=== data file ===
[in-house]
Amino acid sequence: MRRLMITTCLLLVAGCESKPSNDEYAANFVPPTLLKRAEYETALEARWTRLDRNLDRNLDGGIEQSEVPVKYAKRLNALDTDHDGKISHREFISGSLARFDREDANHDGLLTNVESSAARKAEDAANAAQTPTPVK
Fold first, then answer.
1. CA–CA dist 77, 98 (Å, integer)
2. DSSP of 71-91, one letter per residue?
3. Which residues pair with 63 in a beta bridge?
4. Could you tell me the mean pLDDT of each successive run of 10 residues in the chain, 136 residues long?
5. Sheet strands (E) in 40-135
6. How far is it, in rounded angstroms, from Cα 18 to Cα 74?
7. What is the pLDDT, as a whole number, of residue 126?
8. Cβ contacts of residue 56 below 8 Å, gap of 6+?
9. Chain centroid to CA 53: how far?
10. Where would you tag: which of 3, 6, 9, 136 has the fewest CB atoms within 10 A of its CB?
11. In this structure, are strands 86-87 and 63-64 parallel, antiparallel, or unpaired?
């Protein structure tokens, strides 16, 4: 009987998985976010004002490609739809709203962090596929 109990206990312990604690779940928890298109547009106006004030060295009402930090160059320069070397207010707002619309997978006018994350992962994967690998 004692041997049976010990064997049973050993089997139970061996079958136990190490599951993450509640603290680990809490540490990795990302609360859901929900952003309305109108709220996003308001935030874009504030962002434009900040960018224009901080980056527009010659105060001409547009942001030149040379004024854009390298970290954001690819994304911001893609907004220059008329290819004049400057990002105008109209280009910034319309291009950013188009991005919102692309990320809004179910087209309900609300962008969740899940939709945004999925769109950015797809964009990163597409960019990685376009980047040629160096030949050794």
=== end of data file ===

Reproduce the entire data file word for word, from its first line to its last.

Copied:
[in-house]
Amino acid sequence: MRRLMITTCLLLVAGCESKPSNDEYAANFVPPTLLKRAEYETALEARWTRLDRNLDRNLDGGIEQSEVPVKYAKRLNALDTDHDGKISHREFISGSLARFDREDANHDGLLTNVESSAARKAEDAANAAQTPTPVK
Fold first, then answer.
1. CA–CA dist 77, 98 (Å, integer)
2. DSSP of 71-91, one letter per residue?
3. Which residues pair with 63 in a beta bridge?
4. Could you tell me the mean pLDDT of each successive run of 10 residues in the chain, 136 residues long?
5. Sheet strands (E) in 40-135
6. How far is it, in rounded angstroms, from Cα 18 to Cα 74?
7. What is the pLDDT, as a whole number, of residue 126?
8. Cβ contacts of residue 56 below 8 Å, gap of 6+?
9. Chain centroid to CA 53: how far?
10. Where would you tag: which of 3, 6, 9, 136 has the fewest CB atoms within 10 A of its CB?
11. In this structure, are strands 86-87 and 63-64 parallel, antiparallel, or unpaired?
């Protein structure tokens, strides 16, 4: 009987998985976010004002490609739809709203962090596929 109990206990312990604690779940928890298109547009106006004030060295009402930090160059320069070397207010707002619309997978006018994350992962994967690998 004692041997049976010990064997049973050993089997139970061996079958136990190490599951993450509640603290680990809490540490990795990302609360859901929900952003309305109108709220996003308001935030874009504030962002434009900040960018224009901080980056527009010659105060001409547009942001030149040379004024854009390298970290954001690819994304911001893609907004220059008329290819004049400057990002105008109209280009910034319309291009950013188009991005919102692309990320809004179910087209309900609300962008969740899940939709945004999925769109950015797809964009990163597409960019990685376009980047040629160096030949050794």